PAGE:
The Brianna Denison fake email: a study in how things get out of control

Posted by Ryan Jerz on Wednesday February 27, 2008.

You may have gotten the email about the information on the Brianna Denison suspect that hasn’t made the papers. We got it—about four times. It talks about some details in the case that haven’t been reported and a situation where a young woman was followed by this person while she was out walking her dog. Yesterday, the RGJ reported that the letter is untrue.

Due to the number of people who probably got the email (and believed it, I might add) there is sure to be a backlash against the senders. That’s understandable. The community is up in arms right now about this case and any information is held tightly as hope for catching the killer. And anyone who spreads false information (read: hope) deserves to hear it from the people who are misled. The biggest problem in this instance, though, is that the person whose name is on the email is not the person who wrote it and started the ball rolling.

The name being forwarded all over town is Tekla Martin, an employee of the athletic department at UNR. Martin’s job is to maintain relationships with donors to the department, and being in that position puts her on the mailing list of some of the more influential people in this town. Martin received the email from someone she trusted, and passed it on to a few co-workers in hopes of helping them be aware of the overall situation and their own surroundings. According to Martin, she did not send it to anyone other than co-workers. From there, it was sent out to more people, and the email took on a life of its own.

When we first received the email, on Monday night, I immediately thought it was fake and Martin’s name was used to make it look real. It was verified first thing Tuesday morning and I would venture to guess that Martin spent the entire day Tuesday fielding phone calls and responding to emails about the message. And she did so after simply forwarding on an email she trusted to a few co-workers. And many of us trusted it as well. If we hadn’t, it never would have reached the point it did which required a police investigation and statement.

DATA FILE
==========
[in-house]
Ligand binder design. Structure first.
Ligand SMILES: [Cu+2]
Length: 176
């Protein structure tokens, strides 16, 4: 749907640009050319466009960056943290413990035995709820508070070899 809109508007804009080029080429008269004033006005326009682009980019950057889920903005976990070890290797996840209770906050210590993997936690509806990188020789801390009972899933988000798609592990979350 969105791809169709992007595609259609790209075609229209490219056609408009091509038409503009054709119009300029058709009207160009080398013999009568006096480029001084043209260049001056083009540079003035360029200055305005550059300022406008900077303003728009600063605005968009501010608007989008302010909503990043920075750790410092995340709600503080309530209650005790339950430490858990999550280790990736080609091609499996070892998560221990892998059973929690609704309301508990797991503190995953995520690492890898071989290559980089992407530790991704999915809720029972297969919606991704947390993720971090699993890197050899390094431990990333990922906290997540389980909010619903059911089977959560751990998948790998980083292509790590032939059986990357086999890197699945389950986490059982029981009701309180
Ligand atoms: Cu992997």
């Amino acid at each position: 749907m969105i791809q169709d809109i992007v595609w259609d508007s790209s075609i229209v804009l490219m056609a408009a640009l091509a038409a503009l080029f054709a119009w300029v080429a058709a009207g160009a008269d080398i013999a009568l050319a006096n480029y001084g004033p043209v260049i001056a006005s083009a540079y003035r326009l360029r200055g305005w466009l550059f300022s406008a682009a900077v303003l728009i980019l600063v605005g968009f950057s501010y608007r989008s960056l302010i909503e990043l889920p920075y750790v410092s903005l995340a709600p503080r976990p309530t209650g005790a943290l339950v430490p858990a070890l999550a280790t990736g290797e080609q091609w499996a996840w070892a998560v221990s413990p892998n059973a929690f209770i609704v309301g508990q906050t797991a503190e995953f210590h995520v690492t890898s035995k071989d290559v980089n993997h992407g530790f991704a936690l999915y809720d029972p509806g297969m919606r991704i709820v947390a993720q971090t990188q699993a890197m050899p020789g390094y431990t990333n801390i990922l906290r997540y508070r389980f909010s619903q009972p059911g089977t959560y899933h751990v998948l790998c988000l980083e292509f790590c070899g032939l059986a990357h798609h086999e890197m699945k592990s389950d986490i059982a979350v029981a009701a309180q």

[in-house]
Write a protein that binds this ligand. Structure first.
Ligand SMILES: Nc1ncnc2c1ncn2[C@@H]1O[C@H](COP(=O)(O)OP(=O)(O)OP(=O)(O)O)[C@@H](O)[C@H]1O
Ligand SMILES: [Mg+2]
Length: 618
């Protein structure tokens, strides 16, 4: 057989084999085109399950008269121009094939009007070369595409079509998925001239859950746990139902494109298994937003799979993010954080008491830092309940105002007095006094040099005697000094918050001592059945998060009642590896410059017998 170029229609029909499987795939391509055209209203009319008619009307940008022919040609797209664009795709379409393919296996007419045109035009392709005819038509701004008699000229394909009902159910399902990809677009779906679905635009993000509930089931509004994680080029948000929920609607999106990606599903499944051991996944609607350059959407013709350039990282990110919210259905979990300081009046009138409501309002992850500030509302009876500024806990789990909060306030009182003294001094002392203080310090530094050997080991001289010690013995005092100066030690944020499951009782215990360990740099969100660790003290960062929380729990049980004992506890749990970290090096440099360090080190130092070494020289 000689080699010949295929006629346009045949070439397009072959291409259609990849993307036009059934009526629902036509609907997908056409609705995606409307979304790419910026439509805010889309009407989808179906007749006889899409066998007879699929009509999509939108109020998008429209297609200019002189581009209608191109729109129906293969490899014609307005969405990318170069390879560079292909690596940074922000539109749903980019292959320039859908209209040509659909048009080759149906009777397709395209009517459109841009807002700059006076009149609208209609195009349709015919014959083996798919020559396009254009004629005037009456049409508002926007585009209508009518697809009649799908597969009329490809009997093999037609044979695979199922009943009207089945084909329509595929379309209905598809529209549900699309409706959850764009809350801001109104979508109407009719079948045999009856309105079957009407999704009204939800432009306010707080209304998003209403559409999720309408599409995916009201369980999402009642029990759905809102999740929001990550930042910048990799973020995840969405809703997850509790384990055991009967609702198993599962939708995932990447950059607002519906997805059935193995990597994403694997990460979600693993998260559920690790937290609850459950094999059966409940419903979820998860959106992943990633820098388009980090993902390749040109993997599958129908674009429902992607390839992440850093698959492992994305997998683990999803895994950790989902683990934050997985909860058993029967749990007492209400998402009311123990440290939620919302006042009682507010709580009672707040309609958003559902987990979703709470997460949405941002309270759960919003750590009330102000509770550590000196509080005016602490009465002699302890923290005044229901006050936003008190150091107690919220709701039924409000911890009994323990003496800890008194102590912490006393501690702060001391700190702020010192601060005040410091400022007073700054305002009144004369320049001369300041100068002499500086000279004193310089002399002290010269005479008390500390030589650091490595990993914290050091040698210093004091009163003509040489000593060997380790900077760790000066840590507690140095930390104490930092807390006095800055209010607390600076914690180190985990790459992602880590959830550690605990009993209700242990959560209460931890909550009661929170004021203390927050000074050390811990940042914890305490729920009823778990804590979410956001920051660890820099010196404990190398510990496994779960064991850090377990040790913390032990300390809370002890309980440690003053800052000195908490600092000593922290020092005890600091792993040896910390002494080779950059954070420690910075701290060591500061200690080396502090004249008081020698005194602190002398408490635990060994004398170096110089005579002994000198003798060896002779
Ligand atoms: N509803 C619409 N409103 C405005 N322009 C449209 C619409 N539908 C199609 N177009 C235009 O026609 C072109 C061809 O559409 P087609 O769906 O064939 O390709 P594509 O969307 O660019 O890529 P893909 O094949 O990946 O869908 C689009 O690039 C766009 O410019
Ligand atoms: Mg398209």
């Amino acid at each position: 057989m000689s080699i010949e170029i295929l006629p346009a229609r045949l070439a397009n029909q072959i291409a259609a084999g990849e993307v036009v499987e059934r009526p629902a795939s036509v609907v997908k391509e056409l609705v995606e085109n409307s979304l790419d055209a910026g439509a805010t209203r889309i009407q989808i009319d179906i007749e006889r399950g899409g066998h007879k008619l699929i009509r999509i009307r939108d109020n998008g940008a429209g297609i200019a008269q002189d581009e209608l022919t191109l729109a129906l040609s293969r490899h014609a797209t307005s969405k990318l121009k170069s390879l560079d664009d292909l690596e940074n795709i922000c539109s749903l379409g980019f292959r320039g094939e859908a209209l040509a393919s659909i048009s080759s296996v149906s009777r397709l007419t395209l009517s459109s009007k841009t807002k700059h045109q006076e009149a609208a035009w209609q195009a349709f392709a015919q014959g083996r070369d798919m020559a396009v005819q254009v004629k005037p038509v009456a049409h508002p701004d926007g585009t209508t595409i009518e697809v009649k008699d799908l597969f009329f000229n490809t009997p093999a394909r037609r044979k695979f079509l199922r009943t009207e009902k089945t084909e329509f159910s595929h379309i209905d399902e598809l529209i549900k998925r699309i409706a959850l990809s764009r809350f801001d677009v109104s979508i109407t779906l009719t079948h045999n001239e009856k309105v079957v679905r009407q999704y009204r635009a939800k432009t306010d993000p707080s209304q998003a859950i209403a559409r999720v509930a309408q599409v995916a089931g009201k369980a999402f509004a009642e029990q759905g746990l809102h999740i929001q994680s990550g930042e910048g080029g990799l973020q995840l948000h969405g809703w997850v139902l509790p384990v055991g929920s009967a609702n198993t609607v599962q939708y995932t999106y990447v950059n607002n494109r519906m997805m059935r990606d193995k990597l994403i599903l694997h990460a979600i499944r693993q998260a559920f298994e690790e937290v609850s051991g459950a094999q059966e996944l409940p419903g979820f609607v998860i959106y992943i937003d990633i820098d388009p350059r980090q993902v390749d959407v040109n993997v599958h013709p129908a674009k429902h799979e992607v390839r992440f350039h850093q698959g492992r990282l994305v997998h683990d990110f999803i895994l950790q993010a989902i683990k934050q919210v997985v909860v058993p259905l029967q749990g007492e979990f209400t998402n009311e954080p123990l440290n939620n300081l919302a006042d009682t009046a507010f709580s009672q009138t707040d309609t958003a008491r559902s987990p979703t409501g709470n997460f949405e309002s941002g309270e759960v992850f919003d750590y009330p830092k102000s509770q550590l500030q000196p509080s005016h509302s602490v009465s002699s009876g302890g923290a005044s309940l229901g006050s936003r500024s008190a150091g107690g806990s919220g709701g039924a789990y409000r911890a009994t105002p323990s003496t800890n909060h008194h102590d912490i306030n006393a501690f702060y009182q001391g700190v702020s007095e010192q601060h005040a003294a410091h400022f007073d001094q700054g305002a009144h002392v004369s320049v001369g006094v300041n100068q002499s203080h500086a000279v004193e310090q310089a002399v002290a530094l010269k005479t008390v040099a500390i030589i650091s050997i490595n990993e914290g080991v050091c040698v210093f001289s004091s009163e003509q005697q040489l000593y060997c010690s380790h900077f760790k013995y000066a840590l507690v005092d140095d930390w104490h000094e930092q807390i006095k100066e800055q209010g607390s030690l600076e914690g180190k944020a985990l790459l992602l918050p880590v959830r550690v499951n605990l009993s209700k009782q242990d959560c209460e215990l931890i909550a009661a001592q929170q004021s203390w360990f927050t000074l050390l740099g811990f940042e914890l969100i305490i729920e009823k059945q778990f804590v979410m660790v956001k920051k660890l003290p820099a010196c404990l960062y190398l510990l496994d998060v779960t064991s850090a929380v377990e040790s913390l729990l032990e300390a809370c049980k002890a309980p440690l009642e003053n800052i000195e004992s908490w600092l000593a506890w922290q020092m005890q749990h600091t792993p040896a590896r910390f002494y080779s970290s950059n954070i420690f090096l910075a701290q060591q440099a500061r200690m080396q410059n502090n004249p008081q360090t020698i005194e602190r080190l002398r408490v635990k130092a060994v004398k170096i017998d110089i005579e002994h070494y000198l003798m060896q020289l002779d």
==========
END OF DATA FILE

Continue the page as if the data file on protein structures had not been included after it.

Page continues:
The article that appeared int he RGJ has led to the usual bevy of negative comments about Ms. Martin and people in general in the comments. Those comments lack perspective. It’s easy to say that anyone who forwards chain mails is dumb. In general, I agree. This, however, was not a chain mail. It actually originated with someone who was trusted and sent to a small group. From there, it just spread and spread.

Several conversations came up yesterday about the letter and I was in the process of putting something up to act as the base point for it. When I heard the police were involved I backed off because I figured something was forthcoming from them. They reacted quickly and go the word out that what was in the letter was not accurate. They and the RGJ deserve a lot of credit for working to swiftly become the best source in this matter, and their action has resulted in several emails to us this morning from people who had originally forwarded the letter to alert us that the letter was inaccurate.

The fallout is what concerns me the most about this. Tekla Martin has been named in the RGJ forum and her name is on the letter. If you put yourself in her shoes, odds are you’d have done the same thing. She received an email from someone she trusted, and her job is to deal with people most of us would also trust even without a previous relationship. I don’t know who the original source was, but the police do, and I’m sure if there is any action that is necessary, they’ll take it. So she forwarded that information on to some co-workers. We all know what happened from there.

In the larger picture, this was a small incident. But it can also serve as a way to see how a community responds to something like this. So far, the comments on RGJ.com are not promising. People with bones to pick and those quick to judge have made their presence felt. Perhaps if they had been trying to figure out whether there was any truth to this instead of forwarding it on it never would have reached so many people and become what it became.

Ryan JerzRyan Jerz is an all-around good guy who wants people to eventually refer to him as "that dude who climbs mountains."

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